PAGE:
Christine:

We mock them, but maybe they're onto something. Maybe that's the healthy way to go. Healthy might be a stretch, but it's a way.

Mary:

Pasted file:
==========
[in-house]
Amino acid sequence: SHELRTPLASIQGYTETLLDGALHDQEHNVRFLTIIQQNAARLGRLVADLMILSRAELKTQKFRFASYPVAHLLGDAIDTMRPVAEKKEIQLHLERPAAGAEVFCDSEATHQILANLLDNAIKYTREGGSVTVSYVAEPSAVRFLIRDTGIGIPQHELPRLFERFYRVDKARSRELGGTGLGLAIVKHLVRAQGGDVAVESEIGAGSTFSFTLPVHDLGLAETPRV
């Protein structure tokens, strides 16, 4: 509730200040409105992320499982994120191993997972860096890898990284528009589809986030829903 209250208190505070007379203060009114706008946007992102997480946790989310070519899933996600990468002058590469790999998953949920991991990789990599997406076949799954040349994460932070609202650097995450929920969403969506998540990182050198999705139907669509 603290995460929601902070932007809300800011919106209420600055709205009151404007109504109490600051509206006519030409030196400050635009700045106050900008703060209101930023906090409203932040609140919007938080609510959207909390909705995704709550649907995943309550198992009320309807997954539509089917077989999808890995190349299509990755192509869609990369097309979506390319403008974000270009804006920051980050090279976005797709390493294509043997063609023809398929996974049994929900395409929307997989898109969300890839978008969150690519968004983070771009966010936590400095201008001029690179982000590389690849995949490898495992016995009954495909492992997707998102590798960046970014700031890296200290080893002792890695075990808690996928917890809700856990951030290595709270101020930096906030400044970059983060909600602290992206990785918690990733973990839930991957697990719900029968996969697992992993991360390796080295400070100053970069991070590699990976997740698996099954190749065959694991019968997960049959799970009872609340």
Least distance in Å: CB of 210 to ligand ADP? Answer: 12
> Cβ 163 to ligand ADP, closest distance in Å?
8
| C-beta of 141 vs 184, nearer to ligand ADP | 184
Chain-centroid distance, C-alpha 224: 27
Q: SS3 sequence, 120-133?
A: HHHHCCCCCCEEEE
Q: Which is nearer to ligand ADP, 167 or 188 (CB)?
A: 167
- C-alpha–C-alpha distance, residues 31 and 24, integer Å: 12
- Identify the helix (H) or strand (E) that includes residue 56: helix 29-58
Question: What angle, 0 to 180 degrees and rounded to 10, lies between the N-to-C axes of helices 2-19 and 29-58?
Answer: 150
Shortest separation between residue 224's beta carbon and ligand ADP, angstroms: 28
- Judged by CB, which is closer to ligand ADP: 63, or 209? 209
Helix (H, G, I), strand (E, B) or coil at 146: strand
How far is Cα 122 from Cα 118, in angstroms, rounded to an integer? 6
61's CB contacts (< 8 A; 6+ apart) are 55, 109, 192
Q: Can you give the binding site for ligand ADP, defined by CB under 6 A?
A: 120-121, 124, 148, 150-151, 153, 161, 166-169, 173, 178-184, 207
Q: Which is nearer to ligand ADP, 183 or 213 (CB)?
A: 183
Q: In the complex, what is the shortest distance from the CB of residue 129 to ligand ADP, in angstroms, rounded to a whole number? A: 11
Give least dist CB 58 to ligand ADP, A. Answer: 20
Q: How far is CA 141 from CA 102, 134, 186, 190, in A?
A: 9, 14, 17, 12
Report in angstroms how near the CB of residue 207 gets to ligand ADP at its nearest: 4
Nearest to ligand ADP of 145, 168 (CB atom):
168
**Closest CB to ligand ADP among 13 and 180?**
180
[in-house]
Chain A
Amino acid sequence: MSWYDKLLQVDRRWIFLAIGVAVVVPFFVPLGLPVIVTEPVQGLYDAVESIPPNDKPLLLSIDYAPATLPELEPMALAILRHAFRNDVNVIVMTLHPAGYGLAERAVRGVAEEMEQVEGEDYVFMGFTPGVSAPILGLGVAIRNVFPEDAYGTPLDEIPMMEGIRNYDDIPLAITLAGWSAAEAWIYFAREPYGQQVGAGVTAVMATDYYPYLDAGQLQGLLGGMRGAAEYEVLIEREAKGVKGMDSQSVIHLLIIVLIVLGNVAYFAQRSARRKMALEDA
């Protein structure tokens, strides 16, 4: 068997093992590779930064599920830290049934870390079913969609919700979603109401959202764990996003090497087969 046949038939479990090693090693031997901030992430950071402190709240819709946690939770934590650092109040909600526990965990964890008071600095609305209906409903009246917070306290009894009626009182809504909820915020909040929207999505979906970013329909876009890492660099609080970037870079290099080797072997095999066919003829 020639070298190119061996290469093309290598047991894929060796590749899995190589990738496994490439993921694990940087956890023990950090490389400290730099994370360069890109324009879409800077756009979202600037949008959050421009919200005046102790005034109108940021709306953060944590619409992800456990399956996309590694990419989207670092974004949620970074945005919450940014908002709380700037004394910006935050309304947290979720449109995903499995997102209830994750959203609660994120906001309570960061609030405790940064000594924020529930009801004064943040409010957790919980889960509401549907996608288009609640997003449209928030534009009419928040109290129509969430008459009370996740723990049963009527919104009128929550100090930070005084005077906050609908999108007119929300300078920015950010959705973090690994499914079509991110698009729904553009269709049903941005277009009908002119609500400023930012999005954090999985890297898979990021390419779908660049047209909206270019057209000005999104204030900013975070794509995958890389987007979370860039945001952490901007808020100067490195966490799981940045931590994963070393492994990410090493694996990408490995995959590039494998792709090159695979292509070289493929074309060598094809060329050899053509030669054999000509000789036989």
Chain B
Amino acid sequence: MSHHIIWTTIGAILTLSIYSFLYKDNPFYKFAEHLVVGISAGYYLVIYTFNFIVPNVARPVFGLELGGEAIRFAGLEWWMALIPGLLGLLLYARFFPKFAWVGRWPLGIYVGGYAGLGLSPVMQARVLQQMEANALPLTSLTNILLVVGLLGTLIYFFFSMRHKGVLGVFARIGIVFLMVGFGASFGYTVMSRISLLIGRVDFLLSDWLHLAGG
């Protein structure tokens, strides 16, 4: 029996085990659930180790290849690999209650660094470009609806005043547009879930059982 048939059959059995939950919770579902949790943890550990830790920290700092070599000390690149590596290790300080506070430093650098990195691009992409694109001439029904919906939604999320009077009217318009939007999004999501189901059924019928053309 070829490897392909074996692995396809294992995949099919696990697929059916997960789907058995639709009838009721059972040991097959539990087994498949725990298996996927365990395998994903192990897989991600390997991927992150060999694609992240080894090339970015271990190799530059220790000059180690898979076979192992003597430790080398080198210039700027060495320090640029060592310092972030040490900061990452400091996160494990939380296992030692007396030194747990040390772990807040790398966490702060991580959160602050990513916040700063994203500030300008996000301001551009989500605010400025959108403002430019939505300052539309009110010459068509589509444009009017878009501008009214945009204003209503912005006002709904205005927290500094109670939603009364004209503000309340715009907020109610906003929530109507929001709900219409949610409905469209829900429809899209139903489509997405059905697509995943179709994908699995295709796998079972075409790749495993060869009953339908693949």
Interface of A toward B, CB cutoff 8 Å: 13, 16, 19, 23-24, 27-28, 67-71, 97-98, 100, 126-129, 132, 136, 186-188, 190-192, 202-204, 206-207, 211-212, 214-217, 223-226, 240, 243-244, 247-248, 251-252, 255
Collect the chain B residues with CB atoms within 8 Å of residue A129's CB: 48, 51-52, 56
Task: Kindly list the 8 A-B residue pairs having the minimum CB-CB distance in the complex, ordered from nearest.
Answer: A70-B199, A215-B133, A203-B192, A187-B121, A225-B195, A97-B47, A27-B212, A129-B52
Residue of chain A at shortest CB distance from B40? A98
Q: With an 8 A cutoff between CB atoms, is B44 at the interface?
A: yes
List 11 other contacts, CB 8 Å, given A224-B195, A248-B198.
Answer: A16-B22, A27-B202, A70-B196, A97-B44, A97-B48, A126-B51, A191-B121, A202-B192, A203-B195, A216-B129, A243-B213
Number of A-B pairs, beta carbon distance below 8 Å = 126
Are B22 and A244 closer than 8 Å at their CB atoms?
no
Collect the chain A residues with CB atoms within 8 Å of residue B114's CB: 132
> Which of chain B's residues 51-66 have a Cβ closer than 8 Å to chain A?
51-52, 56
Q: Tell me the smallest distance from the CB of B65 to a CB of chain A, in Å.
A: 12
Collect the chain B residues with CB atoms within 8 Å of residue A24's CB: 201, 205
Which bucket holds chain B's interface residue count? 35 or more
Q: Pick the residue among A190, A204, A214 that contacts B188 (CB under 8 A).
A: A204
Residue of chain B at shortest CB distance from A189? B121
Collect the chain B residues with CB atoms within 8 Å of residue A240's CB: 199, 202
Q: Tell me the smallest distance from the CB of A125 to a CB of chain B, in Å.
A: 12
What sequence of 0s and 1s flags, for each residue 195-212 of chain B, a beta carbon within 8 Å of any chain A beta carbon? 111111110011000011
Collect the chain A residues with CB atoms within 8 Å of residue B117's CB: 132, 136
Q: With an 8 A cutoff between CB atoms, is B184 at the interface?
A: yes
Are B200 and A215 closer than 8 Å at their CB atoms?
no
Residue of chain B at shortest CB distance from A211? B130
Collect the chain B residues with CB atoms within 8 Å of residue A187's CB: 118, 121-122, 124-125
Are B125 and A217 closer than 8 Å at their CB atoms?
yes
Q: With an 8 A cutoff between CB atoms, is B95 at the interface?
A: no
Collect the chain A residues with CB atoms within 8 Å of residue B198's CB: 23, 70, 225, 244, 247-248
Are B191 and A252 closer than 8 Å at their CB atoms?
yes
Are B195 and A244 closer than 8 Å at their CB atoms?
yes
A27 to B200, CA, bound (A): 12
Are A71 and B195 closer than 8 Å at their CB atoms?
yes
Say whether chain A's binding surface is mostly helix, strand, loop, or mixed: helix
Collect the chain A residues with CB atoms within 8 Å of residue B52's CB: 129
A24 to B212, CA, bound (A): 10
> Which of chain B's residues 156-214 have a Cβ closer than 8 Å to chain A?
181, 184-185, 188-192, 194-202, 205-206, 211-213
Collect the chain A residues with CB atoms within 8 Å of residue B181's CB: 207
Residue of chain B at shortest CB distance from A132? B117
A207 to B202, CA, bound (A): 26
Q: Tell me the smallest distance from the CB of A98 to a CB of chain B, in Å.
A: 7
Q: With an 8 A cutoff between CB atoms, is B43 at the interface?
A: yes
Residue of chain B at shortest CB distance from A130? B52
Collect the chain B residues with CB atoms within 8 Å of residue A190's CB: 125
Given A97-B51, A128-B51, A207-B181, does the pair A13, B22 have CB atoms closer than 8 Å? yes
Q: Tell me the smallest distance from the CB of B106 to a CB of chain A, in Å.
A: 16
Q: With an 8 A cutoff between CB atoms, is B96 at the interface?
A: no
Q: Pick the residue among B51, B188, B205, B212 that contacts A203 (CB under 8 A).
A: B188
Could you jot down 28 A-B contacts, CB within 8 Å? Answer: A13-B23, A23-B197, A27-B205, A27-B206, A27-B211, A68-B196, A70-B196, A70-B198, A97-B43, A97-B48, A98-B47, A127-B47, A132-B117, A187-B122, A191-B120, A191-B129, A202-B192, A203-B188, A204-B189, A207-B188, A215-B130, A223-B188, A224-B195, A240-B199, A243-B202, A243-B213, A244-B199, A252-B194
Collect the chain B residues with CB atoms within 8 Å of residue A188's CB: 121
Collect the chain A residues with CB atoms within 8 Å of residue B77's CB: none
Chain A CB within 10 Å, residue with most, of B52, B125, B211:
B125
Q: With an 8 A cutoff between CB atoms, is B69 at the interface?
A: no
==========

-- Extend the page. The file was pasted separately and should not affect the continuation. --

It's definitely not getting stuck, it's not repressed. Yeah, because I was thinking about about this. I think I told you one point I've been fascinated with the Salem witch trials since I was in fourth grade, since I first learned about it. I wondered how something like that could happen in a world that supposedly civilized and law abiding, that people would like use other people of doing them harm, like spiritually doing them harm, just because they had had some disputes. A lot of the court cases were based on two or more witnesses attesting to these people supposedly doing witchy things to people like curdling their cows milk or causing them to miscarry, which all could be attributed to so many other things. But if enough people kind of witnessed these things happening after a disagreement with one person, that could pile up. In all the cases that I've read about or heard about over the years, there are always things like severe physical ailments. So yeah, like epileptic fits, stabbing pains, fevers, burning sensations and, as I was thinking about it over the last few days and reading this book, a lot of them sound like neurological ailments. So, going back to that, the idea of the nervous system and if we have this unprocessed anger, fear, resentment, that it can definitely affect our physical bodies and there seem to be something happening to these people Physiologically, but specifically neurologically. So I just think that's so, so interesting and I wish, I wish I knew more about the topic and, looking it up, I found that there were two recent incidents that were very similar to what happened in Salem. I mean Salem, it started with some teenage girls, who's a couple of them had started with epileptic fits and they attribute it to someone cursing them, and then soon, more and more girls like I think it's up to 16 girls and then an adult woman and a teenage boy eventually all took on these same symptoms. And so there's there's a possibility that was like mass hysteria, which is what they always attribute it to, but everything you also could have been something in the environment. It also could have been just like the severe stress of life at that time and the social restrictions on people. But what I learned recently is that something like that happened in 2017 in upstate New York and or in 2012, well, 2012 in New York and 2017 in Massachusetts. Yeah, and they all involved teenage girls, and in the more modern ones, they were all cheerleaders, which was interesting too. So I was in does some research to see what's underlying that. But anyways, so there's a history of this, that, oh, and they and one of the cases. They did look at the backgrounds of the girls and they found that there was a history of physical abuse and their families or poverty, teen pregnancy and not drug use, but it was all these very, very traumatic events to that they all had in common.